Interracial Couple Prosecuted for Fraudulent School Application as White Elites Go Free
A Pennsylvania couple lied about their address in order to send their daughter to kindergarten in a wealthier district. They were not the only parents committing such an act, but both the only minority parents and the only ones criminally prosecuted. They were also, before an extensive media battle and plea deal, once facing up to seven years in prison.
Hamlet and Olesia Garcia, respectively Cuban and Ukrainian Americans, faced seven years in prison and away from their daughter before pleading guilty to sending their child to a school district that would better educate her in their estimation. Olesia Garcia used her father's address, who does live in the district, rather than their own to enroll five-year-old Fiorella in school. They are now being held to pay the school district almost $11,000 that the district contends was the cost of their child's education, which the couple did not pay in residential taxes.
While the Moreland County Prosecutor happily told the press that the couple had been "brought to justice" and that paying for the child's education was "all this is about," the Garcias and their lawyer note that they are the only minority family of the fifteen cases known to the county of such fraud, and the only ones facing criminal prosecution. Ricardo Corona, the attorney for the couple, accused the district of setting an example with the Garcias so that the district does not attract any more Latino or other minority students, maintaining the white demographics of that community. “What they have there is a very exclusive, elitist community," Corona told the press, "whites, intellectuals, and professionals – that are scared that this school system is going to attract the riff-raff, baggy-pants members of the black and Hispanic communities down the street.”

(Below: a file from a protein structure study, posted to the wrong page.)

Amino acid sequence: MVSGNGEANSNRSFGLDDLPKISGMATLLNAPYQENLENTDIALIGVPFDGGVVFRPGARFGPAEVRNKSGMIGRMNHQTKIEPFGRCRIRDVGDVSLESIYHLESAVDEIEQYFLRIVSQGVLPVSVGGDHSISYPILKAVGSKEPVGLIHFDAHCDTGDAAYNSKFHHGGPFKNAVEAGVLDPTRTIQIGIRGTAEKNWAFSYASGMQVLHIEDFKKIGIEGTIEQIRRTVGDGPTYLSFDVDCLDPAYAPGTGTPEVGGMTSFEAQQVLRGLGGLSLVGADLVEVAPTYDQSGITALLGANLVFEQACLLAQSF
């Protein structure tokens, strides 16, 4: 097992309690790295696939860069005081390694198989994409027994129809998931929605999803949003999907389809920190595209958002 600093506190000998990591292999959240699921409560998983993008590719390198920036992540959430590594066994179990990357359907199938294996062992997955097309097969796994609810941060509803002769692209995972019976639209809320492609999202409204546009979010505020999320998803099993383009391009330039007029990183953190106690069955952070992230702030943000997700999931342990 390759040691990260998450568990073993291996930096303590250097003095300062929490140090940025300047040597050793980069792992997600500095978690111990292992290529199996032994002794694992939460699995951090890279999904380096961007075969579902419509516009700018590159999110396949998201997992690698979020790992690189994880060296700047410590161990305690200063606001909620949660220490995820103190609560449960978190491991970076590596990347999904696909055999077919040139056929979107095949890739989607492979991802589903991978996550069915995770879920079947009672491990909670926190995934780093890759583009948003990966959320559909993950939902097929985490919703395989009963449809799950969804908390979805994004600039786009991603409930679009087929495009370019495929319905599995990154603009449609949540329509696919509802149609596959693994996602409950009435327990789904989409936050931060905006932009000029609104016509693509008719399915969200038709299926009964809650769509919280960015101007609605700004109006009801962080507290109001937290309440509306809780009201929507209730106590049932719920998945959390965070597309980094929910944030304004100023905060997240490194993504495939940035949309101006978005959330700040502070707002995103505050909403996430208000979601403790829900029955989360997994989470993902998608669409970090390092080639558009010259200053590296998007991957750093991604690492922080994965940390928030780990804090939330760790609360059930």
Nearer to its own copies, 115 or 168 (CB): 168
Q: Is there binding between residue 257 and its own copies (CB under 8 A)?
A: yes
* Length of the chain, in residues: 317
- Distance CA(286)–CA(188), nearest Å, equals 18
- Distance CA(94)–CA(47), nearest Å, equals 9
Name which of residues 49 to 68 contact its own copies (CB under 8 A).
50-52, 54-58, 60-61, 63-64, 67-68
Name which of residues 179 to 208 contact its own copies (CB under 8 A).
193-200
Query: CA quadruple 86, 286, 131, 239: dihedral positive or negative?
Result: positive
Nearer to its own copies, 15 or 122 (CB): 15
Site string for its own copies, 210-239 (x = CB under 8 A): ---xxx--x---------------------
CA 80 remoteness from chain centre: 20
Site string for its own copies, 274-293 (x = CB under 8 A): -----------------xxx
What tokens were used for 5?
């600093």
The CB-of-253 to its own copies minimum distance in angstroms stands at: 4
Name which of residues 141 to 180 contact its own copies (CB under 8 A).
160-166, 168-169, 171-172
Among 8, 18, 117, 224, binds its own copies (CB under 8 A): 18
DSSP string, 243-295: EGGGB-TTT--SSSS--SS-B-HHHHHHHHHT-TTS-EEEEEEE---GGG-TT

The couple and their daughter have received widespread support from community activists and others who support the idea of parents having full choice over where to send their children to school. Their campaign on social media has been significantly fueled by prayer and invocations of their faith, and they have even received special prayers from celebrity Episcopalian clergyman Padre Alberto Cutié.
While the ordeal is over for the family, Fiorella Garcia will now have to switch schools to a community of which her parents never wanted their child to be a part. The family will also have to pay the astronomical bill at hand – one Hamlet Garcia says is intended to "send a message" to minorities not to attempt any escapes into wealthy white neighborhoods – and their legal fees. The family has set up a public legal defense fund to which supporters can send donations here.